I bring you news of a new poetry collection from Alice Oswald and I am beyond excited.
We have never forgotten, indeed now feel very privileged to have heard Alice Oswald 'perform' Memorial live and from memory at a little event in Plymouth a few years ago.
'Bookhound is not famed for his love of poetry and may never have been to a poetry reading before, but he gamely said he'd come along and, given that is was a 7pm start, we had agreed that we would sit in the back row and I would nudge him if he looked like he was dropping off, or worse started snoring.
The lights dimmed in the lecture theatre and Alice Oswald, once introduced, leaned forward on the lectern and proceeded to read some short poems...except she didn't have a book..or any words to hand.
We both as of one looked around to see if something was being projected onto the wall behind us..
Surely she wasn't reciting by heart??
Well she was...and she did for the next forty-five minutes.
Short poems and longer extracts from Dart and Memorial and we were completely spell-bound... absolutely no chance of Bookhound falling asleep, he was transfixed.'
Now I have heard poetry 'readings' before but I don't think ever in performance like this, and so it had never occurred to me that there might be a difference, and that it would make the poetry come alive in the way that it did. Alice Oswald's diction is clear and precise, and the pitch and modulation of her voice was of course perfectly attuned to her own writing.
Not all poets manage this... I'm not quite sure how to describe the rather ethereal delivery that I have heard from other poets in the past, where the voice wavers tremulously beyond the normal register, as if to invest some magic but only succeeding in making me want to giggle. Alice Oswald was having none of that; the voice was sure and steady, echoing and gently resonating out of the dim light that didn't illuminate but rather kept her in shadow, and the timing was immaculate, making the gaps and the silences an important part of the whole. Memorial, described as an excavation of Homer's Iliad, and an invocation to the dead of the Trojan wars..
'an attempt to remember people's names and lives without the use of writing; a series of memories and similes laid side by side; an antiphonal account of man in his world.'
And as Alice moved through the succession of final similes in Memorial, leaving an imperceptibly longer gap between each one, we were on the edge of our seats waiting ...
'Like tribes of summer bees
Coming up from he underworld out of a crack in a rock
A billion factory women flying to their flower work
Being born and reborn shimmering over the fields.'
And I cast another quick glance behind me...surely there had to be a screen projecting the words for her, this was truly remarkable.'
The books are never far from my side. I wrote about Weeds and Wildflowers here...
And Dart here...
I'm a proper fan, even took all my books along for Alice Oswald to sign at that event, and I don't do that very often these days. The signing queue seems to have lost its appeal.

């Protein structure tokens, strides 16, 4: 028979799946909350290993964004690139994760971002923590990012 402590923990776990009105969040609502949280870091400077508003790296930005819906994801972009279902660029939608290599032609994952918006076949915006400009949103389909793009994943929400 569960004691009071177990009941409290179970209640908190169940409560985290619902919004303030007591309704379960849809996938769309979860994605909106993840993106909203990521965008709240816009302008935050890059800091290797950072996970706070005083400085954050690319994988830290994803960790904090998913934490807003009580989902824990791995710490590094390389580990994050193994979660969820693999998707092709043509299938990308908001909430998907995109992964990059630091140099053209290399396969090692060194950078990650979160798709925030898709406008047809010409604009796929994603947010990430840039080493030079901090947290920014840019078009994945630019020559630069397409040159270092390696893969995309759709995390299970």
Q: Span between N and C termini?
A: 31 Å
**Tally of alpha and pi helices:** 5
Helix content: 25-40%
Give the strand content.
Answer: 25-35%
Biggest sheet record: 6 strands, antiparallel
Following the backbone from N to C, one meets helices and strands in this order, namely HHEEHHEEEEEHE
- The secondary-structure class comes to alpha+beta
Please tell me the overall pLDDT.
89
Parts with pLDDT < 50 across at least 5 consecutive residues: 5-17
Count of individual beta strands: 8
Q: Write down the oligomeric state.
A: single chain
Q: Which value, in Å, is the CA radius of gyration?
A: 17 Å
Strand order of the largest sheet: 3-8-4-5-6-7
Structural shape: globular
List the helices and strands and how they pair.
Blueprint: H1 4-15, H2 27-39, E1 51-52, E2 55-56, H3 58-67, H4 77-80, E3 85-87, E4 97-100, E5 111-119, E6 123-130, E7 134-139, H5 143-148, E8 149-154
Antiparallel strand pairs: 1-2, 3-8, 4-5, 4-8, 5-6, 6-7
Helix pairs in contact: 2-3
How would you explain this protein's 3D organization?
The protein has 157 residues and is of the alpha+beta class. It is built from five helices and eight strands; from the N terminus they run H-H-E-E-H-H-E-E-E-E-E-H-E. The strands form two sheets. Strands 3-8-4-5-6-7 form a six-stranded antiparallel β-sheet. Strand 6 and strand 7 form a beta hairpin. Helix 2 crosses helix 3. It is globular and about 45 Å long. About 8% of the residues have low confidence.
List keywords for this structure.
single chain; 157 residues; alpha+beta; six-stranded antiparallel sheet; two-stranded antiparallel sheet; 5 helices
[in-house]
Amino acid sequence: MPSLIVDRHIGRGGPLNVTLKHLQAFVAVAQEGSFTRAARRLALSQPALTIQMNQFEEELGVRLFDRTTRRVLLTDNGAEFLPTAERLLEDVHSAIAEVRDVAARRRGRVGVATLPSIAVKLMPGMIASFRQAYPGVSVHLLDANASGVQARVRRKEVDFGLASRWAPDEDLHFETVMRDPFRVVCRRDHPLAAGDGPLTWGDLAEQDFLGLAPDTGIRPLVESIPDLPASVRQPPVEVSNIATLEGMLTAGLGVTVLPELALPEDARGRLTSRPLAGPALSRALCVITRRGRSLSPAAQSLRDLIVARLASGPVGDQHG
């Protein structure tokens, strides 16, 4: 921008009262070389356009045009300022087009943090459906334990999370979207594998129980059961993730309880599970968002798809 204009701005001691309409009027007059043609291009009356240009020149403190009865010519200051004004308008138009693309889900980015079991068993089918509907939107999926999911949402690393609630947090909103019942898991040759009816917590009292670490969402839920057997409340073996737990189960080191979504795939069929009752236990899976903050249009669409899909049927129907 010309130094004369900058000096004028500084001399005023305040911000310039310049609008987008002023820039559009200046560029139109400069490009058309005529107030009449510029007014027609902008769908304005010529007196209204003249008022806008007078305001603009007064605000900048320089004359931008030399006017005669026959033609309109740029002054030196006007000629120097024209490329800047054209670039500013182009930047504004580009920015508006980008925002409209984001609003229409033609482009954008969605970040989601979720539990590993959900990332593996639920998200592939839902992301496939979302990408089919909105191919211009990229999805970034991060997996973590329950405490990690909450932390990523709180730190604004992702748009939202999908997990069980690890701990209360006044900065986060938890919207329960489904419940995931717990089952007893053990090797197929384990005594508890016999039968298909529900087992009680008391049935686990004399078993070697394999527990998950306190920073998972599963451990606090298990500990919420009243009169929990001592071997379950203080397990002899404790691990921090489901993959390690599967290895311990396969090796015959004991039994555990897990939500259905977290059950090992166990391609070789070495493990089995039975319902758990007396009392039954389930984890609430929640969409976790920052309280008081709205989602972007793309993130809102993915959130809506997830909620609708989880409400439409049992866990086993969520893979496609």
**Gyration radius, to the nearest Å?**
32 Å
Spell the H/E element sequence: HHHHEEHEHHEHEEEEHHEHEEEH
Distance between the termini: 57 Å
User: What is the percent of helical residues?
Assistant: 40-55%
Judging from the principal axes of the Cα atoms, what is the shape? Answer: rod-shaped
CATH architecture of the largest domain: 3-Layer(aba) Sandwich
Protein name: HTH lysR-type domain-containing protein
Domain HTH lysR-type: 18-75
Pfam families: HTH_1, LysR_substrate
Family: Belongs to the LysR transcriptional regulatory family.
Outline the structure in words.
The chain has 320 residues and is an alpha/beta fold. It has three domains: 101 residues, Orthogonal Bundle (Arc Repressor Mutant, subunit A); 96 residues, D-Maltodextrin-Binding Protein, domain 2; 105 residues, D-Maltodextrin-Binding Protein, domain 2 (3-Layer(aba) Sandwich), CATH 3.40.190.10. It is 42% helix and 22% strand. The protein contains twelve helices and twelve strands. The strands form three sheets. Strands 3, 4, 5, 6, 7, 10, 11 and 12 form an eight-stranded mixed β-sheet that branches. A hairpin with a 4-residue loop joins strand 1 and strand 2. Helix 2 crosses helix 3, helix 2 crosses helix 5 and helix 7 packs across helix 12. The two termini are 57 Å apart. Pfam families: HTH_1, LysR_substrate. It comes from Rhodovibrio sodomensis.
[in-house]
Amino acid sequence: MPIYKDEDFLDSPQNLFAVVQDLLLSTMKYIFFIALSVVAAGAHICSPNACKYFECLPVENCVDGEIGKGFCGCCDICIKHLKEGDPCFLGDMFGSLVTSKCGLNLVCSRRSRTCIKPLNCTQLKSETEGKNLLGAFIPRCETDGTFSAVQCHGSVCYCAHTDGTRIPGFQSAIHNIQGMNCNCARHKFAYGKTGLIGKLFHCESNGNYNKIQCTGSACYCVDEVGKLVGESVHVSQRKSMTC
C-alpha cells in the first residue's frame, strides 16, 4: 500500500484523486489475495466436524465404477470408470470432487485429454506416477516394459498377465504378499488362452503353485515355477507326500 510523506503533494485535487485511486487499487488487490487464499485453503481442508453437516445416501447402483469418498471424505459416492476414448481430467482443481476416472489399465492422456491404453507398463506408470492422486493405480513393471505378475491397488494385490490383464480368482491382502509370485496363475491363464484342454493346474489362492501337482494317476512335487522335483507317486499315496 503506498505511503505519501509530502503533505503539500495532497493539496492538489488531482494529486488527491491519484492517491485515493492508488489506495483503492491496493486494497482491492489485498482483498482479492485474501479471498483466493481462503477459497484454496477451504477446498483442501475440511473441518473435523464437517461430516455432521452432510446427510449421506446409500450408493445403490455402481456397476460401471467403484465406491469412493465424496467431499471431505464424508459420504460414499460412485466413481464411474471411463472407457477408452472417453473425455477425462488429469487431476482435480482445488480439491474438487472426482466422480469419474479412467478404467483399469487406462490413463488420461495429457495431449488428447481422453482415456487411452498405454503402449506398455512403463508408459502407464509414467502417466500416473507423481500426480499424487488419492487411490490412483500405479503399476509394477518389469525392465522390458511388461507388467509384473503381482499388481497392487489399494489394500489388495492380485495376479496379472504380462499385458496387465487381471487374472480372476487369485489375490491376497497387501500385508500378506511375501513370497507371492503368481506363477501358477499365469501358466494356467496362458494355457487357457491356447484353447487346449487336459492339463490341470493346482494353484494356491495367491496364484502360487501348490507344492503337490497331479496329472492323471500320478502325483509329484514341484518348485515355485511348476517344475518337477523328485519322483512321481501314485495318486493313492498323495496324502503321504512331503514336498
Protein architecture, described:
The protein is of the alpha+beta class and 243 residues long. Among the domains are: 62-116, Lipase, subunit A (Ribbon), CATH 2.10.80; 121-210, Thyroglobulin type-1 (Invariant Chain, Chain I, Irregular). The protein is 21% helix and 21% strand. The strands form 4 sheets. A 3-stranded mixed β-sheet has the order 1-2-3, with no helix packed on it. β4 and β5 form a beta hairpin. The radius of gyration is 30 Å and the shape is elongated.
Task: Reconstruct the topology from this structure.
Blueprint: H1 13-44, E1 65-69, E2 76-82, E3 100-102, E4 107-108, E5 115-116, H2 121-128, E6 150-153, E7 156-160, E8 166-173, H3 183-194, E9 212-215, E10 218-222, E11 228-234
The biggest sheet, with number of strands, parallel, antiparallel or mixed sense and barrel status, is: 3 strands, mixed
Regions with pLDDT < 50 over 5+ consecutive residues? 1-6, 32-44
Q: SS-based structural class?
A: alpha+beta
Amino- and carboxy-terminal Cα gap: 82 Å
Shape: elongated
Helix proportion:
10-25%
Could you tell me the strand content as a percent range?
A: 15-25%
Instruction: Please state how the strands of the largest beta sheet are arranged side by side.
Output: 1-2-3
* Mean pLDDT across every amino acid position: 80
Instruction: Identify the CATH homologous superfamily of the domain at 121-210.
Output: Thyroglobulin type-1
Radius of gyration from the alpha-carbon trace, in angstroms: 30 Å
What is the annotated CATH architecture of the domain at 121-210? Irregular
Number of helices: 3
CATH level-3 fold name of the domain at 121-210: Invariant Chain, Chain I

'Alice Oswald’s poems are always vivid and distinct, alert and deeply, physically, engaged in the natural world. Mutability – a sense that all matter is unstable in the face of mortality – is at the heart of this new collection and each poem is involved in that drama: the held tension that is embodied life, and life’s losing struggle with the gravity of nature.
Working as before with an ear to the oral tradition, these poems attend to the organic shapes and sounds and momentum of the language as it’s spoken as well as how it’s thought: fresh, fluid and propulsive, but also fragmentary, repetitive. These are poems that are written to be read aloud.
Orpheus and Tithonus appear at the beginning and end of this book, alive in an English landscape, stuck in the clockwork of their own speech, and the Hours – goddesses of the seasons and the natural apportioning of Time – are the presiding figures. The persistent conditions are flux and falling, and the lines are in constant motion: approaching, from daring new angles, our experience of being human, and coalescing into poems of simple, stunning beauty.'
'There's a case to be made that she is our greatest living poet.'
And this too...
'Oswald is a classicist to her bones, just as much as she is a contemporary writer working in the tradition of nature poetry...she brings the characters and textures of antiquity to her work, embedded in the earth and the water of the British countryside....'
I had no idea this collection was imminent so you can imagine me jumping up and down at the Saturday breakfast table over Charlotte Runcie's piece and then hot-footing off to Plymouth first thing on Monday in case someone had an early copy (thank you Waterstones who saved me their last remaining copy)
I'm only on page one and already I am transfixed ...
if only I a passerby could pass
as clear as water through a plume of grass
to find the sunlight hidden at the tip
turning to seed a kind of lifting rain drip
then I might know like water how to balance
the weight of hope against the light of patience
Charlotte Runcie again...
'In speech her mind is finely geared to the way her words will come out on paper, but you can tell that she writes first by speaking, listening and thinking. When you read Oswald, it's hard to resist imagining how her poem would sound aloud. They expand far beyond paper.'
And it is true, I now automatically read Alice Oswald's poetry aloud to myself in an empty room or the garden.
I am welded to Falling Awake and can see that I am going to love this little volume.
I wonder does this happen to you...a new book arrives that captures your heart and your imagination at the exact moment it was ready for some new words and you actually end up carrying it around everywhere with you...upstairs, downstairs, out shopping in case the car breaks down, to a dinner party in case you get bored...
Or is it just me.